Dubuque quickly gives us a strong ensemble of city folk and hicks, innocents and thugs. The overall vibe of the show is suspenseful, but there are small pockets of comedy usually found in the behavior of the locals.
Ozark can be excruciatingly cumbersome. There are many moving parts, none compelled to move with haste. If the characters were more engaging and likable, pace might not even be an impediment. They're not, so it is.
Ozark does most things right. Not every plot point feels completely plausible, but the show looks good and plays well; the writing is crisp and not too colorful; the performances are unforced and believable.
Bateman, better known for comedies such as Arrested Development, unleashes a frank blue stare that could mean anything from menace to guile to idiocy. His lack of readability keeps things fresh and unpredictable as nasty shocks unfold.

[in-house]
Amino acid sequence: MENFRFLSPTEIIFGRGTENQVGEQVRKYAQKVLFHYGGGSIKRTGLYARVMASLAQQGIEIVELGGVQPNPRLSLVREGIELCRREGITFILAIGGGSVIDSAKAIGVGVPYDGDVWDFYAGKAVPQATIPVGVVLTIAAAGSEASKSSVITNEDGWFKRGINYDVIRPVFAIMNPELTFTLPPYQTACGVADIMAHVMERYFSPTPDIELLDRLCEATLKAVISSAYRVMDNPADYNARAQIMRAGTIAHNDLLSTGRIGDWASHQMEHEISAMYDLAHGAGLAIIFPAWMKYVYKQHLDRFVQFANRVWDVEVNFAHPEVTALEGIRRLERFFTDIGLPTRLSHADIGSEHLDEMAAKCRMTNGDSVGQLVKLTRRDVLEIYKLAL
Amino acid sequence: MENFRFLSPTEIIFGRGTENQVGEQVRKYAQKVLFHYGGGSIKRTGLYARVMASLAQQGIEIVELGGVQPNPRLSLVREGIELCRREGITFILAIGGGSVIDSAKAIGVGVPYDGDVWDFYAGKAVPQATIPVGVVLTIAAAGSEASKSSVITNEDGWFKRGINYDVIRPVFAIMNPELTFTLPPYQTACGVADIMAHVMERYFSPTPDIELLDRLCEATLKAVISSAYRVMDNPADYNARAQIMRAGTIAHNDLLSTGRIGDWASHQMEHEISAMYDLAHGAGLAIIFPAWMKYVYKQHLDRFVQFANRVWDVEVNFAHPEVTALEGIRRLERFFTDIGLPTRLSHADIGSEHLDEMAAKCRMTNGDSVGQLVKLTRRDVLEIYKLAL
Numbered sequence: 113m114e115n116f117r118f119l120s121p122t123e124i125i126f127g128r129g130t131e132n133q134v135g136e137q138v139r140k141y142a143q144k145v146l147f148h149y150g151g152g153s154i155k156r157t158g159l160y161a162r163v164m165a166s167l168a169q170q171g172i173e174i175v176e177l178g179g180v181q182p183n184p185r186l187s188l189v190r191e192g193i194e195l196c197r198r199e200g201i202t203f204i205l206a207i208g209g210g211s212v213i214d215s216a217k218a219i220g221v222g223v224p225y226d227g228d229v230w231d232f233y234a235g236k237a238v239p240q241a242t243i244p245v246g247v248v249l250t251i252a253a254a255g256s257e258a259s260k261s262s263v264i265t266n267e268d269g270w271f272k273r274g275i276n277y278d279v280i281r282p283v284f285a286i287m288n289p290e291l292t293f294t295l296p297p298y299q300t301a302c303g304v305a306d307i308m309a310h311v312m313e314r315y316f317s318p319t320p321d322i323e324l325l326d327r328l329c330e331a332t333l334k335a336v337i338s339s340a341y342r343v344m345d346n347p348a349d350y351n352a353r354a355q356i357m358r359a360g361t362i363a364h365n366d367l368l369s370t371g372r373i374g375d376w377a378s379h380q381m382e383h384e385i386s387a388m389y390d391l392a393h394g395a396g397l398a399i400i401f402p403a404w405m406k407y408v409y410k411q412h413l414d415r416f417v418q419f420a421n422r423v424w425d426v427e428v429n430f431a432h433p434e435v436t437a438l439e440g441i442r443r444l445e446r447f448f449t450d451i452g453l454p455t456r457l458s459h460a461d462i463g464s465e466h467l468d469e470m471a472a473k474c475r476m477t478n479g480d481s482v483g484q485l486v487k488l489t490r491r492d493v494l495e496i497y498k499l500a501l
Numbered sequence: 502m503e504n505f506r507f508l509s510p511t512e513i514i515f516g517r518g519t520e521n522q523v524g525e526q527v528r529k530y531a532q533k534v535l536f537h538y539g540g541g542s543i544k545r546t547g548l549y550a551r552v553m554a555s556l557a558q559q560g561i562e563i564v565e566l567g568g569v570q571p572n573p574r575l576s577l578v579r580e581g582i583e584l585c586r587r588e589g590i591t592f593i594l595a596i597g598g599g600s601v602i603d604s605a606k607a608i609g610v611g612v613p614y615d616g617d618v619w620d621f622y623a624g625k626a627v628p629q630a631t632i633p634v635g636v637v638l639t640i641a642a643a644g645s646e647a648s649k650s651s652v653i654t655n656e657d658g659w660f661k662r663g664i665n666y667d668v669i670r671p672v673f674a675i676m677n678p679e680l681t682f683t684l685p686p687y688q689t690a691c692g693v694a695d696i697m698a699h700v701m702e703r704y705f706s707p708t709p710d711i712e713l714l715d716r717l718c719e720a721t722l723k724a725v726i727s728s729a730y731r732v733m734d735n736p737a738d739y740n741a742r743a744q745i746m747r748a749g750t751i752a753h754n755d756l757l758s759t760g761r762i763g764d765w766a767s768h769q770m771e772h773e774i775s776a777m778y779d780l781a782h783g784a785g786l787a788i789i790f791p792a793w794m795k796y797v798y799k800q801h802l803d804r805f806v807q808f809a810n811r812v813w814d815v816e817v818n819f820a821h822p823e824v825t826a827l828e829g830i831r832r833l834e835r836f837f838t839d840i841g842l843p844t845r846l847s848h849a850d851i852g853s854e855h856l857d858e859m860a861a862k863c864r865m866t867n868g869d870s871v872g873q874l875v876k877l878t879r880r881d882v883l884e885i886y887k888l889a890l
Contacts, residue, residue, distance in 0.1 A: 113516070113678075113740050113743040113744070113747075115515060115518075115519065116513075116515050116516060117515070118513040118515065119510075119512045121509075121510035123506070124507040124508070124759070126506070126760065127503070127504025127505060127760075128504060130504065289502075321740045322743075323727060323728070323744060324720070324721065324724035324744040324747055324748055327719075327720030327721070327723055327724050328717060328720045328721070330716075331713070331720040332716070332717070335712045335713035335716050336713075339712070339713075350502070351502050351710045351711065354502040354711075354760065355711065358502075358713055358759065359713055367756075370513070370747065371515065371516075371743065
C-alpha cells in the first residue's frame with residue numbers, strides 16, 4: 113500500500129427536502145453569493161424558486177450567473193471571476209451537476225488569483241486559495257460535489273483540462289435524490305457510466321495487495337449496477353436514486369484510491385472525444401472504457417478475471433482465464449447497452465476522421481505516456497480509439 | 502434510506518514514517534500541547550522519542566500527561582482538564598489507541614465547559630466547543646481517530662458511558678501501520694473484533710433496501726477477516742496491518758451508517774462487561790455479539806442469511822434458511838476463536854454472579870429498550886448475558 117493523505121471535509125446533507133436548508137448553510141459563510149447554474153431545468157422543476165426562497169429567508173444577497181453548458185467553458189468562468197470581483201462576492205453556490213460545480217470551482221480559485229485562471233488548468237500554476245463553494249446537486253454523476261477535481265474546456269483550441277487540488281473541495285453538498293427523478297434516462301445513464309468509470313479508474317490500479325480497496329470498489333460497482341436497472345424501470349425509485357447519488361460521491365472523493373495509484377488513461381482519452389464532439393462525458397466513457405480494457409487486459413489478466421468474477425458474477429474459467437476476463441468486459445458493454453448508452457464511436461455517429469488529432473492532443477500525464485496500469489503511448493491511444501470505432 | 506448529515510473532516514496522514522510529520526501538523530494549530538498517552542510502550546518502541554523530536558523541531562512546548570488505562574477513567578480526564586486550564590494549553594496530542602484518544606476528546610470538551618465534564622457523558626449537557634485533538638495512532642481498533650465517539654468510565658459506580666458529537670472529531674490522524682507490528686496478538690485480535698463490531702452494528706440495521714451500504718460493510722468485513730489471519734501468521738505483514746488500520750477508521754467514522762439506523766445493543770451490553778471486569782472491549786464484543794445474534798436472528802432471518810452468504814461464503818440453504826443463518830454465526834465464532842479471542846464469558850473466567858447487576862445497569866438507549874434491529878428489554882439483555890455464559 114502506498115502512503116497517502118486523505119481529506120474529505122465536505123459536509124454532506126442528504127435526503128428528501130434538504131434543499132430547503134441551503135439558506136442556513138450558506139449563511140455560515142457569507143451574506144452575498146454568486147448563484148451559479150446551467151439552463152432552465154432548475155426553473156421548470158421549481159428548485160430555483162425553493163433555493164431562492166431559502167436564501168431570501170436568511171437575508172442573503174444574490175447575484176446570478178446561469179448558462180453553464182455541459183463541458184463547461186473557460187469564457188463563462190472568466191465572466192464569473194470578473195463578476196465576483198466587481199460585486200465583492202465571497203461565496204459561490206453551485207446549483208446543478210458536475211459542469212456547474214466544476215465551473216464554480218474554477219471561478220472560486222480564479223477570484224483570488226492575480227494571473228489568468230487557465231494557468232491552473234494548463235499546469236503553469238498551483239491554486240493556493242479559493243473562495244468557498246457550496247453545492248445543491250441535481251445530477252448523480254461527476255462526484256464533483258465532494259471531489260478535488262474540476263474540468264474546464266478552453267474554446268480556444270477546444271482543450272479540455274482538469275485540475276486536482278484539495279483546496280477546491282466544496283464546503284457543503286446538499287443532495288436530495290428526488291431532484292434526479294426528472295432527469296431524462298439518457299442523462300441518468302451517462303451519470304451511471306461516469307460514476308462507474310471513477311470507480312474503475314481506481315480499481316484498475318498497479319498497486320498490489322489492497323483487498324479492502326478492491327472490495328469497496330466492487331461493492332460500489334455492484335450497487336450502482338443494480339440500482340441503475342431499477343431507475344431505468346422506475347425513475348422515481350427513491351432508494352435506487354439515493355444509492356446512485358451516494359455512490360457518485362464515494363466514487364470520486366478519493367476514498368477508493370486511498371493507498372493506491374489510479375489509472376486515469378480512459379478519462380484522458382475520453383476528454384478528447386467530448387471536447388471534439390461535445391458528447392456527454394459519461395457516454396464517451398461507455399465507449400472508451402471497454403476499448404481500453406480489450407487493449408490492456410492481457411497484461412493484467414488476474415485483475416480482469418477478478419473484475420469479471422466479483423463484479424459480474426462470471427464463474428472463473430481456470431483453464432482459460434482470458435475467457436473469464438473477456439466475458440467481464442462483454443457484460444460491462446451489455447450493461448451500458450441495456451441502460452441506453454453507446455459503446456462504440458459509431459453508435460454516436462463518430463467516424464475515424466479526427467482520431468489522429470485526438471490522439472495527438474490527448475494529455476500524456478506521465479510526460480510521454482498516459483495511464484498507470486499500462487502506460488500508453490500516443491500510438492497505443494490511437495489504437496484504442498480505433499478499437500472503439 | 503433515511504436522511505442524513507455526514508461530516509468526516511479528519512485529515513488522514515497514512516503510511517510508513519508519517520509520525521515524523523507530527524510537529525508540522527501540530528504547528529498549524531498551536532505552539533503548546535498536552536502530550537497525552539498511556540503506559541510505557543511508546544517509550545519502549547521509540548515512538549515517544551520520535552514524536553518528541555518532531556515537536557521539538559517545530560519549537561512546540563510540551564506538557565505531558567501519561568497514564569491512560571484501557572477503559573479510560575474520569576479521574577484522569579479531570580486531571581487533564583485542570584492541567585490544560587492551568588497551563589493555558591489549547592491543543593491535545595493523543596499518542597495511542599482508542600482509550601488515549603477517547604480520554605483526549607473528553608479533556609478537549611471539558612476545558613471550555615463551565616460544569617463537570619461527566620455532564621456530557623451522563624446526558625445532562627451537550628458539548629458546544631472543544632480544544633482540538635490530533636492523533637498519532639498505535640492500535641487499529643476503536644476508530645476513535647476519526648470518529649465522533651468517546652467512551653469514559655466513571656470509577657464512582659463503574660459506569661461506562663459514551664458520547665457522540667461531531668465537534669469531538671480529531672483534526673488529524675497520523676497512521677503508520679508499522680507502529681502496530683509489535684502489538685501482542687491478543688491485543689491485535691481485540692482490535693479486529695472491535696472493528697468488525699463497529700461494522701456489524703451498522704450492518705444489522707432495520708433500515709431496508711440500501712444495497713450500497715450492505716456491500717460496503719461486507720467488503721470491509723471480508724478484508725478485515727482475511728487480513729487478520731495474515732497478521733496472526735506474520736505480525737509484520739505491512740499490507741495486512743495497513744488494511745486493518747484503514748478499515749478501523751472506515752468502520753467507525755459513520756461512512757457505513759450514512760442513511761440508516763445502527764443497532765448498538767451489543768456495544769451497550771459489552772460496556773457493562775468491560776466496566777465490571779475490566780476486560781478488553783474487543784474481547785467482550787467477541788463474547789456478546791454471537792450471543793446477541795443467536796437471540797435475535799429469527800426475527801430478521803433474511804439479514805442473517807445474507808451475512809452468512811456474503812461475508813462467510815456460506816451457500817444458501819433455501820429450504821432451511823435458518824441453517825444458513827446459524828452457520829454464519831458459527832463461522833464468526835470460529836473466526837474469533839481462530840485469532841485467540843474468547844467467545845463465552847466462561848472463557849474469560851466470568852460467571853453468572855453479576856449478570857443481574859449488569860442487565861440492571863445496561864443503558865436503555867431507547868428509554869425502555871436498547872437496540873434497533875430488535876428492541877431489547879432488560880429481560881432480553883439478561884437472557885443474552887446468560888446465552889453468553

There's nothing special to report about Ozark. It's not the risk taking drama Netflix might believe it to be. If crime drama is your thing, the show is worth a look. But, it's not going to appeal to anyone outside the genre's demographic.
The main reason why Ozark, the new Netflix series, feels so underpowered has to do with its star, Jason Bateman (who also directs): a good actor who badly wants for charisma, he simply can't carry it alone.